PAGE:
Tendinitis is a painful condition. Running and walking are made possible by the Achilles tendon, which attaches the calf muscle to the heel bone. Strenuous exercise, jumping, and climbing are all
movements that can strain the tendon and calf muscles, causing an inflammation known as tendinitis. The injury to the Achilles can be mild, requiring only rest and over-the-counter anti-inflammatory
drugs, or severe, necessitating surgical repair of the damaged tendon. Chronic Achilles tendinitis can lead to micro tears in the tissue (tendinosis), which weaken the tendon and put it at risk for
severe damage such as a tear or rupture.
Achilles tendinitis is usually caused by straining the Achilles tendon through intense activity or a sudden increase in exercise. Individuals who play basketball often develop Achilles tendinitis as
a result of pivoting, jumping, and running. These repetitive movements put pressure on the tendon and can gradually wear it down over time. Increasing the intensity of your workouts may also lead to
the development of Achilles tendinitis. This is commonly seen in long distance runners who do quite a bit of uphill running. Similarly, if you start exercising more frequently you may also develop
the condition due to overuse of the tendon. Not stretching properly before exercise can also make the tendon more prone to injury. Achilles tendinitis is also common in individuals whose feet have a
flattened arch, as this places more stress on the tendon. The condition can also be triggered by arthritis, as joint pain can cause one to compensate by putting more pressure on the Achilles
Symptoms of acute achilles tendonitis will be a gradual onset of achilles pain at the back of the ankle, just above the heel bone. This may develop over a period of days. The achilles tendon may be
painful and stiff at the start of exercise and first thing in the morning. As the tendon warms up the pain will go often for it to return later in the day or towards the end of a prolonged training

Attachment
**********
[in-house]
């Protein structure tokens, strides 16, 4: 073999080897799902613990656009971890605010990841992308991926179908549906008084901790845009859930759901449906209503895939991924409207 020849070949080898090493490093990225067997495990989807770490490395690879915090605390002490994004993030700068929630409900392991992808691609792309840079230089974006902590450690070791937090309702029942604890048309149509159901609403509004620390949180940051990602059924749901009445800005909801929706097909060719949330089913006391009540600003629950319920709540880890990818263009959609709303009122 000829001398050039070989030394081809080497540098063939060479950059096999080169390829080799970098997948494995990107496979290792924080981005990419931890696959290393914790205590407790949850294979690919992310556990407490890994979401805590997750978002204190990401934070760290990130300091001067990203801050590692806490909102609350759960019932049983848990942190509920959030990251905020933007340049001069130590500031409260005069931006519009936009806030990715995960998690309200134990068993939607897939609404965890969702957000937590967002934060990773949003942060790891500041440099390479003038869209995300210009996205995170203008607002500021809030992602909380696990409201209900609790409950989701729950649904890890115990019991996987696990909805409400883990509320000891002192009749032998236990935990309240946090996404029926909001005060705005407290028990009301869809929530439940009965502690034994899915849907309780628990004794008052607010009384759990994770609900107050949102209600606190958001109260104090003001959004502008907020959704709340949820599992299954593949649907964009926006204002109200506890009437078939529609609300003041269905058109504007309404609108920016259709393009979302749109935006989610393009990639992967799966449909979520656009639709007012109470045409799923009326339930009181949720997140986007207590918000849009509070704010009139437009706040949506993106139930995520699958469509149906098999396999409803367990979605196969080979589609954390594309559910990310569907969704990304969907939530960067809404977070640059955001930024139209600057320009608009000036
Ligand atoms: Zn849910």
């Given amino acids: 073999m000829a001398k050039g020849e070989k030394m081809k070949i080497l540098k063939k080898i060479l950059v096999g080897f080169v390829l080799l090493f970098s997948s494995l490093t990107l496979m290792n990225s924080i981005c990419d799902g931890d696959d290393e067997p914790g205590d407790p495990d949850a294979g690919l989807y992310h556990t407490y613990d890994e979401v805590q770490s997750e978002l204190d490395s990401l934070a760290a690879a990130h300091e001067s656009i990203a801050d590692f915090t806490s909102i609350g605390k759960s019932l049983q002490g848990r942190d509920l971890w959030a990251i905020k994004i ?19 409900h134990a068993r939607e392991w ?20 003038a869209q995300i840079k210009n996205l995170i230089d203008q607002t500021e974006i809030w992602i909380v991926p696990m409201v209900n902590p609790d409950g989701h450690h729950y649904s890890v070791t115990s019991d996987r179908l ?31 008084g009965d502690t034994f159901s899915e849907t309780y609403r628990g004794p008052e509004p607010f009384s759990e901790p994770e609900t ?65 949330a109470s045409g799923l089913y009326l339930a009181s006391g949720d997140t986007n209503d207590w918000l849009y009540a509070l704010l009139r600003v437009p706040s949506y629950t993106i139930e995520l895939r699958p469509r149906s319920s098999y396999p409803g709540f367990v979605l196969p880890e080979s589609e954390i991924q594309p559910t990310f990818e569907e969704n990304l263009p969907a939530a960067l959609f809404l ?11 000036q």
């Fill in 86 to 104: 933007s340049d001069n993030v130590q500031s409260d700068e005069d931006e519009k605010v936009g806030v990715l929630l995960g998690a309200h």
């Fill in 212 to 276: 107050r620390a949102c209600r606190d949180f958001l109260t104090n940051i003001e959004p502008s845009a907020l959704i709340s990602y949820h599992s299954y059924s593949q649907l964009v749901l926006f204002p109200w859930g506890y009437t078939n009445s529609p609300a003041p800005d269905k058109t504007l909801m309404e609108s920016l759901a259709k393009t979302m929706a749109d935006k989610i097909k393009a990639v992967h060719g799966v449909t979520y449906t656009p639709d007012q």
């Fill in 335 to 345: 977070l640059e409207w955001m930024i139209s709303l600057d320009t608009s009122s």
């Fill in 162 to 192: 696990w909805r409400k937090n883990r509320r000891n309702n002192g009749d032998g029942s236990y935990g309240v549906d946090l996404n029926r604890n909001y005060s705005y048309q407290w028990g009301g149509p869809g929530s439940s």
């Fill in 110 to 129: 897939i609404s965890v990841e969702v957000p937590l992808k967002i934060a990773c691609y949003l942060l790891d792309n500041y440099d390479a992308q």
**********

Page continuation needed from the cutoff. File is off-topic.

session. The tendon will be very tender on palpation or pressing in on the achilles tendon or squeezing it from the sides. Chronic achilles tendonitis may follow on from acute achilles tendonitis if
it goes untreated or is not allowed sufficient rest. Chronic achilles tendonitis is a difficult condition to treat, particularly in older athletes who appear to suffer more often.
If Achilles tendonitis is suspected, avoid any exercise or activity that causes the pain. It is advisable to see a doctor promptly so that an accurate diagnosis can be made and appropriate treatment
recommended. The doctor will take a full medical history and will ask about the nature and duration of the symptoms. They will perform a physical examination of the affected area. Ultrasound scanning
may be used to assess damage to the tendon or surrounding structures. Occasionally MRI (magnetic resonance imaging) may be recommended. The symptoms of Achilles tendonitis are often similar to
symptoms of other conditions such as partial Achilles tendon rupture and heel bursitis. This can make diagnosis difficult and a referral to an orthopaedic specialist may be required in order for an